Jul 8, 2012

What Advice Would You Give Reader Sheila?

The repetitive behavior is also particularly frustrating when the behavior is dangerous or troublesome.

Alzheimer's Reading Room

Sheila wrote,
I'm gobbling up all the information I can on Alzheimer's/dementia, and it is so helpful in coping with my husband's behavior. My problem is in carrying some of it out.

I'm aware of the repetitive questions and behaviors; I find the creative response difficult. I've also found that my husband sometimes knows the answer to his question, but he continues repeating it anyway, and this DOES infuriate me.

Can I have some milk?
Sorry, but you drank it all.
Can I have some milk? (x25)
What did I answer before?
I can't have any milk because I drank it all.
(Two minutes later) Can I have some milk?

The repetitive behavior is also particularly frustrating when the behavior is dangerous or troublesome.

Like checking the refrigerator repeatedly and leaving it open. And when the behavior is something he's been warned not to do. Like making toast using already buttered bread. Cooking--he caused fires twice.

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Drinking a quart of flavored coffee creamer, thinking it was milk.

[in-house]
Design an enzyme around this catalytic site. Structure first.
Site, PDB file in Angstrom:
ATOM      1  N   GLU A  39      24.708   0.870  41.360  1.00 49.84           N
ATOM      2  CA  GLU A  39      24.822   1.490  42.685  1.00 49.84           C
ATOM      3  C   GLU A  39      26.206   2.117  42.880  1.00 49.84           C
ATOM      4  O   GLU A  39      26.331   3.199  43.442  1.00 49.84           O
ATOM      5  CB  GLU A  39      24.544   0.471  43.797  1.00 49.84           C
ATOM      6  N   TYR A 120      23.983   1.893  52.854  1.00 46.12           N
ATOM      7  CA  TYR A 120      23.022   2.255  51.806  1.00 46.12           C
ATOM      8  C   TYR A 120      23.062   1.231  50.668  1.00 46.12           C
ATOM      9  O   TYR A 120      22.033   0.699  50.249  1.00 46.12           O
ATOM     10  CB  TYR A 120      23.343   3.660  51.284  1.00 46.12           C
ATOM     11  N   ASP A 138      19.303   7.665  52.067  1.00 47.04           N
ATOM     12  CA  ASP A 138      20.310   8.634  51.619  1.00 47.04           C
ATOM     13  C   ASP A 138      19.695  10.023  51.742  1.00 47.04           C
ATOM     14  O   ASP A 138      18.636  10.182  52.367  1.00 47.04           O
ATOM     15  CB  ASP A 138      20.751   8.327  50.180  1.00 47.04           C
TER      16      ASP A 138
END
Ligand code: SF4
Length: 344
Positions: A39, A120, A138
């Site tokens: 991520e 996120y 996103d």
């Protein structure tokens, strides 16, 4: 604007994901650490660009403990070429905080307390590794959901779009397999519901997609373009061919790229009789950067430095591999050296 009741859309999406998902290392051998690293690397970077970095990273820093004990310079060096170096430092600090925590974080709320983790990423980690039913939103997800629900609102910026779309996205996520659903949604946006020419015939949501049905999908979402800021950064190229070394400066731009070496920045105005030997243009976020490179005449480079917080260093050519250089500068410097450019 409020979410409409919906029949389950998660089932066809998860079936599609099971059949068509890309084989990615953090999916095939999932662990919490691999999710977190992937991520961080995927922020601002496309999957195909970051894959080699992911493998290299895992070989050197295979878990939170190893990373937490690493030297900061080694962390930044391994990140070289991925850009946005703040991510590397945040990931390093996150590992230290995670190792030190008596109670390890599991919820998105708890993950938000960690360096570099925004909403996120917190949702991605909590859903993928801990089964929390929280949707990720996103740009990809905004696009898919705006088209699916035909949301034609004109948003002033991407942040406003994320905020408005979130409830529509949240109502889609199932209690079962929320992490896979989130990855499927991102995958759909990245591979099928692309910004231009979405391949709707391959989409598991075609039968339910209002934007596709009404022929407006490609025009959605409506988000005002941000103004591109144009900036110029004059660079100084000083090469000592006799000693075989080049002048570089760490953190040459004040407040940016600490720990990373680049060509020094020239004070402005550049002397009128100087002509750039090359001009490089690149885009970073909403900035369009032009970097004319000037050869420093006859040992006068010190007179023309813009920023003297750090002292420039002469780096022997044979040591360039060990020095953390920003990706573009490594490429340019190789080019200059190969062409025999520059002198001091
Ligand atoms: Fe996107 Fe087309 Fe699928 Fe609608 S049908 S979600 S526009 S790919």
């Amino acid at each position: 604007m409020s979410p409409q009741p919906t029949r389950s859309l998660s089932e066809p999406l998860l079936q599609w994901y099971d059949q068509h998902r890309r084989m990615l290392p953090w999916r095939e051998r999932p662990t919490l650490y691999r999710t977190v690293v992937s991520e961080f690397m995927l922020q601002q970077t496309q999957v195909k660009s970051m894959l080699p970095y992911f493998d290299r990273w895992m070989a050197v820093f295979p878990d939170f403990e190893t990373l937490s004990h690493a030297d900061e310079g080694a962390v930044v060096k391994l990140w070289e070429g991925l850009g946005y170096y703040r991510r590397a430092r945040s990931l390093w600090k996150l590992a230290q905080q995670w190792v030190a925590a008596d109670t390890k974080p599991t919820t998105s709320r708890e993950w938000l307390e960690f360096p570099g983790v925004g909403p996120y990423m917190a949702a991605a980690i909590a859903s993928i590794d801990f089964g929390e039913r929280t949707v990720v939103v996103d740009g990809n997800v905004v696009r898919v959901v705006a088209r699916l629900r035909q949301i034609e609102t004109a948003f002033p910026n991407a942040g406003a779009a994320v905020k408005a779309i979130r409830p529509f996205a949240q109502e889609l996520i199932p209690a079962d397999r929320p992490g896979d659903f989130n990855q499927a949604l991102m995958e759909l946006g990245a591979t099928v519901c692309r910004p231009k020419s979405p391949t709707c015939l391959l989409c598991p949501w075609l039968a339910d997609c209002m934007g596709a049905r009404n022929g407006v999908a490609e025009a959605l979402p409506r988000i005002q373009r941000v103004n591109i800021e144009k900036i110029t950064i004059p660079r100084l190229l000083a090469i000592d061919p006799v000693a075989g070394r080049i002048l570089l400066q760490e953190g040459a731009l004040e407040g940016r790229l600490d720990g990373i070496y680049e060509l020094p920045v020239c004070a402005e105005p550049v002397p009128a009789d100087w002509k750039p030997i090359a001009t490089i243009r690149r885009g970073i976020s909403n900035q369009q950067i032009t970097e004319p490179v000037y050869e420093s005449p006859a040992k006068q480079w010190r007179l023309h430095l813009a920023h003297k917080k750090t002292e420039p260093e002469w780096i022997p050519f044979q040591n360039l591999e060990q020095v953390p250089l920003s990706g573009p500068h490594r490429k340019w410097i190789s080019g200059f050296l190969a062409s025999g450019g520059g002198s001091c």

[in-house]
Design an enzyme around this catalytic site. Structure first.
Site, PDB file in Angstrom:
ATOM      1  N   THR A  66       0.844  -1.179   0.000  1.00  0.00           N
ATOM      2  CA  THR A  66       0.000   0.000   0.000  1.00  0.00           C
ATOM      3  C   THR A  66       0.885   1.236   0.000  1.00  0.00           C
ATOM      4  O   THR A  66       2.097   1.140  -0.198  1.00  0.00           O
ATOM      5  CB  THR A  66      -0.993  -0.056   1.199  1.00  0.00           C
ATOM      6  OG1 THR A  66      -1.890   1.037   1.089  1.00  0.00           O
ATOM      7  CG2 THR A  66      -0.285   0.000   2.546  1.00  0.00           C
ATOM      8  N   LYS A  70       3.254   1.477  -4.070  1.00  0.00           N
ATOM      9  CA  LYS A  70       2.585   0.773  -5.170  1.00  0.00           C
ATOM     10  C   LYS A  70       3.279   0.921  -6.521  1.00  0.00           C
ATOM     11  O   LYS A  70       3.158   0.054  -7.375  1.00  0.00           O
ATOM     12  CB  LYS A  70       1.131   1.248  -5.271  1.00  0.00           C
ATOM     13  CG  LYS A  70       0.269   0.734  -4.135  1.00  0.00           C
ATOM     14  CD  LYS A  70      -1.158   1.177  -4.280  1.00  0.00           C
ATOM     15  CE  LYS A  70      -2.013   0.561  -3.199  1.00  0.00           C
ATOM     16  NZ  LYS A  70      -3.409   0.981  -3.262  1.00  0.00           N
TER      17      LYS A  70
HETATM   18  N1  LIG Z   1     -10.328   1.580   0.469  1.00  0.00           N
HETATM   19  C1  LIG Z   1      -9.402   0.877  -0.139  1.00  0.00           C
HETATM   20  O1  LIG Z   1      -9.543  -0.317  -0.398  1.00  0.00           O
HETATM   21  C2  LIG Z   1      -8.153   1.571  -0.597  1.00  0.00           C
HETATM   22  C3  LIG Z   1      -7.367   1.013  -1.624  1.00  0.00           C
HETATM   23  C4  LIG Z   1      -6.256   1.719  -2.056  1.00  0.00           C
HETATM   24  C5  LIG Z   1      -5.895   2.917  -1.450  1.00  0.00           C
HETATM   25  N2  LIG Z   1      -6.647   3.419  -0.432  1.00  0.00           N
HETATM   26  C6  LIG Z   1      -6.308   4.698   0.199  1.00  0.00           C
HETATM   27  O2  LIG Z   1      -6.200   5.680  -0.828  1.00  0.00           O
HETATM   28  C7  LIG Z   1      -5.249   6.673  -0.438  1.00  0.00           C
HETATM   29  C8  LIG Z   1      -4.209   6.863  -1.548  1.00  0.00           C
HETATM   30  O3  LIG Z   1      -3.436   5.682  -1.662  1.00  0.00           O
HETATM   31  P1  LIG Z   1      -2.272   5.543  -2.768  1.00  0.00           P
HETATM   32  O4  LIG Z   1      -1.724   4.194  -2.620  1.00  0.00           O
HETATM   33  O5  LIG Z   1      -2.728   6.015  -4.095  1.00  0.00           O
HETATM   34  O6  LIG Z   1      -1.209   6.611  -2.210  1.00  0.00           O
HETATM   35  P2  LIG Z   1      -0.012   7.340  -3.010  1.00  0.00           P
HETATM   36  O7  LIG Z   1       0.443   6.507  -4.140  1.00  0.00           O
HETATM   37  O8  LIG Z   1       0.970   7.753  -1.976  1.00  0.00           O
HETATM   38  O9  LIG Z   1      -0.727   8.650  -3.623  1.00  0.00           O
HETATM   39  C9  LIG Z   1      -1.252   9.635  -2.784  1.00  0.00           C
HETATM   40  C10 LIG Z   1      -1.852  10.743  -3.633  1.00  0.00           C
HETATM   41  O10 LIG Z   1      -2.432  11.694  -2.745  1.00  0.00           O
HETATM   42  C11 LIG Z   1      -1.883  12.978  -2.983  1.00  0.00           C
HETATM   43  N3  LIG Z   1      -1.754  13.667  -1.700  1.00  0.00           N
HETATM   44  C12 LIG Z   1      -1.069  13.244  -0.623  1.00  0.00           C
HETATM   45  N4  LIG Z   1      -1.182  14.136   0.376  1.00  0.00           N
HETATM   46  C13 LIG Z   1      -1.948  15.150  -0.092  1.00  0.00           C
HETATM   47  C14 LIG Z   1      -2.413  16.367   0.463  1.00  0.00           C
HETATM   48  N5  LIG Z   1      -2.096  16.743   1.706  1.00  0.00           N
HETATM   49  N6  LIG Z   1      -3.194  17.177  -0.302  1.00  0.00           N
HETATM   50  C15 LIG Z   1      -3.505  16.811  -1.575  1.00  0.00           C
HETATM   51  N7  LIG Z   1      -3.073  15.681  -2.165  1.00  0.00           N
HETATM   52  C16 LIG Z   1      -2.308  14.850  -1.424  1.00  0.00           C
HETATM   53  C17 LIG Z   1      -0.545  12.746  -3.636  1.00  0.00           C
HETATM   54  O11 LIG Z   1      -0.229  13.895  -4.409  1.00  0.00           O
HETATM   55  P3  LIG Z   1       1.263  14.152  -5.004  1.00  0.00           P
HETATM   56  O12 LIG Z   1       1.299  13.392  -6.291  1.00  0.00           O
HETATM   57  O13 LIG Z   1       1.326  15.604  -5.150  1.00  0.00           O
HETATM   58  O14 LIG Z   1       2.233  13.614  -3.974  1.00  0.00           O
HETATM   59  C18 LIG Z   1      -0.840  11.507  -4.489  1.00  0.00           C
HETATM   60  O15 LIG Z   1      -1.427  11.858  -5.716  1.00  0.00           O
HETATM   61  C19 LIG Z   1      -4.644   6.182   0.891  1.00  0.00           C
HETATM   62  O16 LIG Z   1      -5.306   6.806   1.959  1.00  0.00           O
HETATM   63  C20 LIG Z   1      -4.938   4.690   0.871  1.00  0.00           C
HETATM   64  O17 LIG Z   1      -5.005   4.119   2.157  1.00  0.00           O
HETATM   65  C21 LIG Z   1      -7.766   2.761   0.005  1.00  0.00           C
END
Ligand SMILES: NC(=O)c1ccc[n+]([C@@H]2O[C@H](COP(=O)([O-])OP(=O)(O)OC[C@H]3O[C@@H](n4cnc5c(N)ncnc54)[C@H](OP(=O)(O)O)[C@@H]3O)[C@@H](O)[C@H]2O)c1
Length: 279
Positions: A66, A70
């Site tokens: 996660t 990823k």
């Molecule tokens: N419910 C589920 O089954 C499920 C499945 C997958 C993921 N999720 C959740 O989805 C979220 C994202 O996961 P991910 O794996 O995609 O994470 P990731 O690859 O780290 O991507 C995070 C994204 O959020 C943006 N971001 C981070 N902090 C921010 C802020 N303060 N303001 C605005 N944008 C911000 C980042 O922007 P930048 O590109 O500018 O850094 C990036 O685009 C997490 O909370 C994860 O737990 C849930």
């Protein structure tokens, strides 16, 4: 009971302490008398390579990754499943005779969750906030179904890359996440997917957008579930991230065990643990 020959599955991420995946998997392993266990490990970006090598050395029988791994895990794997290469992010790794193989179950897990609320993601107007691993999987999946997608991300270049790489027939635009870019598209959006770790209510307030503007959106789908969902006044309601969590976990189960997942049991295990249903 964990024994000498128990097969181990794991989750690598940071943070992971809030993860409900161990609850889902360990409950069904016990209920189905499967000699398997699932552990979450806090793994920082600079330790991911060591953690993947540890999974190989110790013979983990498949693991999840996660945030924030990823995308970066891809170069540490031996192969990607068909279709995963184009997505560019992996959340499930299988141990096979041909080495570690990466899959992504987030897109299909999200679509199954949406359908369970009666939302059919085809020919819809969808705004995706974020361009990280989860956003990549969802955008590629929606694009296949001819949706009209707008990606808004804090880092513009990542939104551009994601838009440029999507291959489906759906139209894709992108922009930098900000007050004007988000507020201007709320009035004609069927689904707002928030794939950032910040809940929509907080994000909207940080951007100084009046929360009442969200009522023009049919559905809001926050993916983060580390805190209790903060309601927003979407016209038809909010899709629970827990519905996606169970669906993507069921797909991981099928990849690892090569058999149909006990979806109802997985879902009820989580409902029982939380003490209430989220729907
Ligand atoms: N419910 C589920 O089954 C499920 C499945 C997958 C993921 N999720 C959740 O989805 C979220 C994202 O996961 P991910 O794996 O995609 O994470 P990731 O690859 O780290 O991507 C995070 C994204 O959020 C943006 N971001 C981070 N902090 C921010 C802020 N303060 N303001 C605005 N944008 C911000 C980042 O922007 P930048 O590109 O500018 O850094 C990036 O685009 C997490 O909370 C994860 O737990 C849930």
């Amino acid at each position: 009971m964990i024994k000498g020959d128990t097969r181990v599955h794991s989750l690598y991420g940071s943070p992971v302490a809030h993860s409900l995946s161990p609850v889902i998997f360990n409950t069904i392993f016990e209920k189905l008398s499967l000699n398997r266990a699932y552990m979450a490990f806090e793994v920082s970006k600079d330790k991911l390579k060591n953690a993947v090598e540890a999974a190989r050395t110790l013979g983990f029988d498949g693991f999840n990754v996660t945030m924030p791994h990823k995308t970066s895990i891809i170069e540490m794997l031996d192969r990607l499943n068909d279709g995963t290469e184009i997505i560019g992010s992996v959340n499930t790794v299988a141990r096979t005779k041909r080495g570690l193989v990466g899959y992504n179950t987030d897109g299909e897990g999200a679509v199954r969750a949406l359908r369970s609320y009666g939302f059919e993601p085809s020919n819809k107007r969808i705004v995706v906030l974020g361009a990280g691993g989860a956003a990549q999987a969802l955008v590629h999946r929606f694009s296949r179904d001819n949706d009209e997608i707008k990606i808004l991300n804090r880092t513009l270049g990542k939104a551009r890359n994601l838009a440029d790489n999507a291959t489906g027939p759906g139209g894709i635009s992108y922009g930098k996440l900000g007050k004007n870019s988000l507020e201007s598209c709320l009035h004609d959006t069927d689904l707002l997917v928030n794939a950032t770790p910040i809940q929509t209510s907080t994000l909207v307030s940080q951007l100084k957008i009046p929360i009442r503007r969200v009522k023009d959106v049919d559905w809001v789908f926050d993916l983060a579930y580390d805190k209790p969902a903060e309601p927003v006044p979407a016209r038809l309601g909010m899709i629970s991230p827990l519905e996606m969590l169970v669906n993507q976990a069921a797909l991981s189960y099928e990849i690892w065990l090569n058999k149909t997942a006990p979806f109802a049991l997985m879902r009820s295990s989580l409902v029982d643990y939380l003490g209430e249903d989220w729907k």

Trying to take hot food out of the microwave; he can't use his left arm.

Getting into the bathtub; he has scalded himself a few times, most importantly, he doesn't know how to get out.

The repetitive behavior is also particularly frustrating when the behavior is dangerous or troublesome.

Like checking the refrigerator repeatedly and leaving it open.

And when the behavior is something he's been warned not to do. Like making toast using already buttered bread. Cooking--he caused fires twice.

Drinking a quart of flavored coffee creamer, thinking it was milk. Trying to take hot food out of the microwave; he can't use his left arm.

Getting into the bathtub; he has scalded himself a few times, most importantly, he doesn't know how to get out.

What advice or insight can you share with Sheila?

Use the comments box below this article.





Original content Bob DeMarco, the Alzheimer's Reading Room